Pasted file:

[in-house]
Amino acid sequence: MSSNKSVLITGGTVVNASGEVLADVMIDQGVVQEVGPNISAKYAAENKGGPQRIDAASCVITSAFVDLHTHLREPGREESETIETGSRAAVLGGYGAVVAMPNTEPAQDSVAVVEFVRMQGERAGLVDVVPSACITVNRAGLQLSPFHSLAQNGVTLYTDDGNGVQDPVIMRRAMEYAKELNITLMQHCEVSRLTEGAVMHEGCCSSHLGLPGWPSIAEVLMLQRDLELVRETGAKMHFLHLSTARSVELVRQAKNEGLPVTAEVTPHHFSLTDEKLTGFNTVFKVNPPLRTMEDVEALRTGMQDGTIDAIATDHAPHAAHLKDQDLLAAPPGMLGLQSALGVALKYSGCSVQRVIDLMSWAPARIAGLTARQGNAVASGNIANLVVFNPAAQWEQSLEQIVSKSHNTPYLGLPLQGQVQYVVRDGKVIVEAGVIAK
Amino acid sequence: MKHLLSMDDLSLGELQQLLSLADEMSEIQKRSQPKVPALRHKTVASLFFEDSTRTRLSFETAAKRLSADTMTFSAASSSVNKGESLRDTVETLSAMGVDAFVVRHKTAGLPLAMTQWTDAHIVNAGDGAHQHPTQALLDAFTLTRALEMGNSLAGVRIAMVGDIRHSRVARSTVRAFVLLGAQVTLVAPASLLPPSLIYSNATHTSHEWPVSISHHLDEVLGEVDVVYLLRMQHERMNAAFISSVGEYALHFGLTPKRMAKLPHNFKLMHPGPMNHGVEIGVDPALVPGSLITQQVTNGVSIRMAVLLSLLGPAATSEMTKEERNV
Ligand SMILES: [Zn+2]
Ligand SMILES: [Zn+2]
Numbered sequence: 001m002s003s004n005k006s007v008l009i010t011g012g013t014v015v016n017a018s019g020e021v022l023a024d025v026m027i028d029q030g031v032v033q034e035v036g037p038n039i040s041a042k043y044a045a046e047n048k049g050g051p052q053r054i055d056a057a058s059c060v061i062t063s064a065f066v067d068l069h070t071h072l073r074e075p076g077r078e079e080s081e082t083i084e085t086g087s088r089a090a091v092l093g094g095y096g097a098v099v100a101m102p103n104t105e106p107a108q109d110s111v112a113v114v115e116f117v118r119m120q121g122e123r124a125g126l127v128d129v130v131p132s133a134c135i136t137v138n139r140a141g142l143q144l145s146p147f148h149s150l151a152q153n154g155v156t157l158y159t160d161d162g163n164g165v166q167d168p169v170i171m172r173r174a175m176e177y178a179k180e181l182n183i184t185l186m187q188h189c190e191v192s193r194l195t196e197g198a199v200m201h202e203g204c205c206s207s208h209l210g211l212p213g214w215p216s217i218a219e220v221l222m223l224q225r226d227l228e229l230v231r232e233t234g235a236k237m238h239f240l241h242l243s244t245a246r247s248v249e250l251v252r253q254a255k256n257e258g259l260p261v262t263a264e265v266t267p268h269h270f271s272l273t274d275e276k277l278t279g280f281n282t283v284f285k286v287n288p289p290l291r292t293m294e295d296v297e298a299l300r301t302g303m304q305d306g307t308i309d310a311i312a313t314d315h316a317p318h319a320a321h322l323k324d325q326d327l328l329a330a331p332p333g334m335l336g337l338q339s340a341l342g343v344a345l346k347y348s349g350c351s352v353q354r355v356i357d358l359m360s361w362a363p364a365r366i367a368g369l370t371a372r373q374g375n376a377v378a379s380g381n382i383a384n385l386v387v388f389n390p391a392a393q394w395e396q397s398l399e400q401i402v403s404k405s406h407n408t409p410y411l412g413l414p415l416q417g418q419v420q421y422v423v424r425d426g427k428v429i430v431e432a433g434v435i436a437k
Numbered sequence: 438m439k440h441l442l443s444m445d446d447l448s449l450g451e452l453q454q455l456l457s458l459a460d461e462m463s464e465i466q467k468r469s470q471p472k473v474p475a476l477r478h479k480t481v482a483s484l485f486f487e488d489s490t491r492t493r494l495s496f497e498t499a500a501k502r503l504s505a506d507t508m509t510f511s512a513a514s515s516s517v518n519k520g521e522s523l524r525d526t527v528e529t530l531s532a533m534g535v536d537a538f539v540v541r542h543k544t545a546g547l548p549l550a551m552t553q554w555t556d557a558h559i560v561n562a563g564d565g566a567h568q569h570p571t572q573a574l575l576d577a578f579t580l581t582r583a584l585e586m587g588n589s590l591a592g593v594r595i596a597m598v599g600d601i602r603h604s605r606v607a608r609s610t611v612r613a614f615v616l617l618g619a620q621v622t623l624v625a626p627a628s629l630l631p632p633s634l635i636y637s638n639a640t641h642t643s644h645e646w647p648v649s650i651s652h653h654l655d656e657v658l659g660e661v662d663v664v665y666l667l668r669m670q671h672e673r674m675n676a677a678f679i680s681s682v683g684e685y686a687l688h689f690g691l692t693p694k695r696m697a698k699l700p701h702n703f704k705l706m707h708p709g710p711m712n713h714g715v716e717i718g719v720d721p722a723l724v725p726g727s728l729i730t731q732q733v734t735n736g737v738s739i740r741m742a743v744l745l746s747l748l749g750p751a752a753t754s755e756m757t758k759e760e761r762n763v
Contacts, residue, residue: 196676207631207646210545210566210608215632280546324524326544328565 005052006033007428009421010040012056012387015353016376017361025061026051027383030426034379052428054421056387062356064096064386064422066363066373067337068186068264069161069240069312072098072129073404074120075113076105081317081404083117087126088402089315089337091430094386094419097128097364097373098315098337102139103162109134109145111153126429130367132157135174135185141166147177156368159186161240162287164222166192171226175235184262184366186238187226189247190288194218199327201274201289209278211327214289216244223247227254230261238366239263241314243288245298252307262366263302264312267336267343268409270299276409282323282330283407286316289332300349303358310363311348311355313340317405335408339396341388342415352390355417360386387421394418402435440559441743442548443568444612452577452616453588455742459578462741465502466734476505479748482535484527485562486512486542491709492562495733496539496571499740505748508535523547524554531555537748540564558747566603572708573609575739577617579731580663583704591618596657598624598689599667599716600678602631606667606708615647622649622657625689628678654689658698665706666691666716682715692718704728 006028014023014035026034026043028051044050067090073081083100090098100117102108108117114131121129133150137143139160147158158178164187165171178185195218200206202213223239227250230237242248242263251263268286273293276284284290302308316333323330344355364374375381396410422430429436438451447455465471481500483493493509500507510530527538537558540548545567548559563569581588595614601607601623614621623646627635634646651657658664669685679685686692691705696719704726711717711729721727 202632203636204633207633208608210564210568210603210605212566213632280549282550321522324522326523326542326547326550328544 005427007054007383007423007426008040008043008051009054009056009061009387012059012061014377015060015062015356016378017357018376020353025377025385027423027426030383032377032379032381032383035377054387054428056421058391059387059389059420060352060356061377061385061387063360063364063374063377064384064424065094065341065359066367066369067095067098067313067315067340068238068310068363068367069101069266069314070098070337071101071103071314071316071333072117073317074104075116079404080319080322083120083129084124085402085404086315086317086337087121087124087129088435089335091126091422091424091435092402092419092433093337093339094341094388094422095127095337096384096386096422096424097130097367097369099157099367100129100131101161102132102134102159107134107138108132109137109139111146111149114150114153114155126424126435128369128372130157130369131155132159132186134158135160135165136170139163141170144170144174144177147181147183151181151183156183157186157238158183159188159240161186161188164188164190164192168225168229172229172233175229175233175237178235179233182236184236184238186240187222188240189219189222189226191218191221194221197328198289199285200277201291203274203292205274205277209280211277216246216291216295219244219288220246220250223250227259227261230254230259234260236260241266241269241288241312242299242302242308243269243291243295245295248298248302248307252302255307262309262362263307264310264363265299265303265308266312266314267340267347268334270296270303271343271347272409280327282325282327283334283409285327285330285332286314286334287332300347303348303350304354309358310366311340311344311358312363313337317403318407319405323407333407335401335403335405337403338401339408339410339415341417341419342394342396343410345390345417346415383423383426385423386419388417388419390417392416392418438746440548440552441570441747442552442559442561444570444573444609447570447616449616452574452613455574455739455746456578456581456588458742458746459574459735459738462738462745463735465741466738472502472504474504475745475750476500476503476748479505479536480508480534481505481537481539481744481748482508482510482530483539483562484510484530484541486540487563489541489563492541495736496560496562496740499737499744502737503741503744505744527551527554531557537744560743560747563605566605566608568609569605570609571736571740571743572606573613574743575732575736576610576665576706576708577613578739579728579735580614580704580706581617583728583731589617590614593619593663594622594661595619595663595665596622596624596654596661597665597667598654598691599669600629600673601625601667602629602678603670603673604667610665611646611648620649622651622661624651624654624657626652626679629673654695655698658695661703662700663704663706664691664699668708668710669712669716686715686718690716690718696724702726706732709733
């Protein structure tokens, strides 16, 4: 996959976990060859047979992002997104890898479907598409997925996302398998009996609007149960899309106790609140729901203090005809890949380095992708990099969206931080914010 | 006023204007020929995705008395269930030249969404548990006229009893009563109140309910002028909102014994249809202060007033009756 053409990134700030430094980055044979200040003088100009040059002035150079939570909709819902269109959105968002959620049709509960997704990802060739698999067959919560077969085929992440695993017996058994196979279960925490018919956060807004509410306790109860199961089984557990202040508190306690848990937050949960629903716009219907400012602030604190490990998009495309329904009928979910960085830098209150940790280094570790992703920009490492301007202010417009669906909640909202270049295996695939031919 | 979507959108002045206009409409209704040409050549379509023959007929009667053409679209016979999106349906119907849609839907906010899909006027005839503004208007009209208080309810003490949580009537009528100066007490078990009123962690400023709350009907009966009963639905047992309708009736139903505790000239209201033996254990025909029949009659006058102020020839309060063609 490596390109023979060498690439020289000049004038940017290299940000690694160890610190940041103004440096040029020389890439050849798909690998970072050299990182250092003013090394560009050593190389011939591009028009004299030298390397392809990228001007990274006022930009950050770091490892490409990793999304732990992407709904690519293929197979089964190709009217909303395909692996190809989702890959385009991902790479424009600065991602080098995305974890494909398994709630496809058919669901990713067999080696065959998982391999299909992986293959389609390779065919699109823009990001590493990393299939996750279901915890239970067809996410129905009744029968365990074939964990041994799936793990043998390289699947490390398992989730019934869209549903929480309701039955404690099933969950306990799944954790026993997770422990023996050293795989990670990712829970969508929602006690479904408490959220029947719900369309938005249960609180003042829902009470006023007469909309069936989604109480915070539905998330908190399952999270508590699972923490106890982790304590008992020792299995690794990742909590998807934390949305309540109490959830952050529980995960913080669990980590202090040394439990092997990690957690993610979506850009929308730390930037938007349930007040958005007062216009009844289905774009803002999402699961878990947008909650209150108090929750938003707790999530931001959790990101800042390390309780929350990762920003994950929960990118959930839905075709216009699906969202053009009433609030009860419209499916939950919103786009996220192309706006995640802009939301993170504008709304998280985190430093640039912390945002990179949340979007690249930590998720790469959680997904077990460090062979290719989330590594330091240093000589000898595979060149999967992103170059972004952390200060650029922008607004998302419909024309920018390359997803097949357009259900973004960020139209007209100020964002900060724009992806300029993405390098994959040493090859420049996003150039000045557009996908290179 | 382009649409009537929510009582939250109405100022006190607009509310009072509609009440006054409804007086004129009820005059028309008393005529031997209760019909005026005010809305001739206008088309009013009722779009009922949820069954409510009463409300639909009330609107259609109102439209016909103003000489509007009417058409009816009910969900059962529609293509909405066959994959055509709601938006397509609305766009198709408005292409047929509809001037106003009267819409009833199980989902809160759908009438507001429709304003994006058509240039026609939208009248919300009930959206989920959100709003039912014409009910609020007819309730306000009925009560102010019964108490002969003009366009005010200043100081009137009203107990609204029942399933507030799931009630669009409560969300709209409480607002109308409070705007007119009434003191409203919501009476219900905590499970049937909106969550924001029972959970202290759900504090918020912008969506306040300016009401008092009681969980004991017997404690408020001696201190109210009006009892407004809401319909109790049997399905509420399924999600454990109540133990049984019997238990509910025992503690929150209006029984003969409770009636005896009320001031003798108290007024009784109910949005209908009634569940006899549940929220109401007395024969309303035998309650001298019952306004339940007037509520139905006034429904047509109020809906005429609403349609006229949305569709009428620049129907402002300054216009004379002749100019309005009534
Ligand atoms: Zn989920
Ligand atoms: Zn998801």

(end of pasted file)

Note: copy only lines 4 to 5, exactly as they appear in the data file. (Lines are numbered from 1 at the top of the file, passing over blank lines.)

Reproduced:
Ligand SMILES: [Zn+2]
Ligand SMILES: [Zn+2]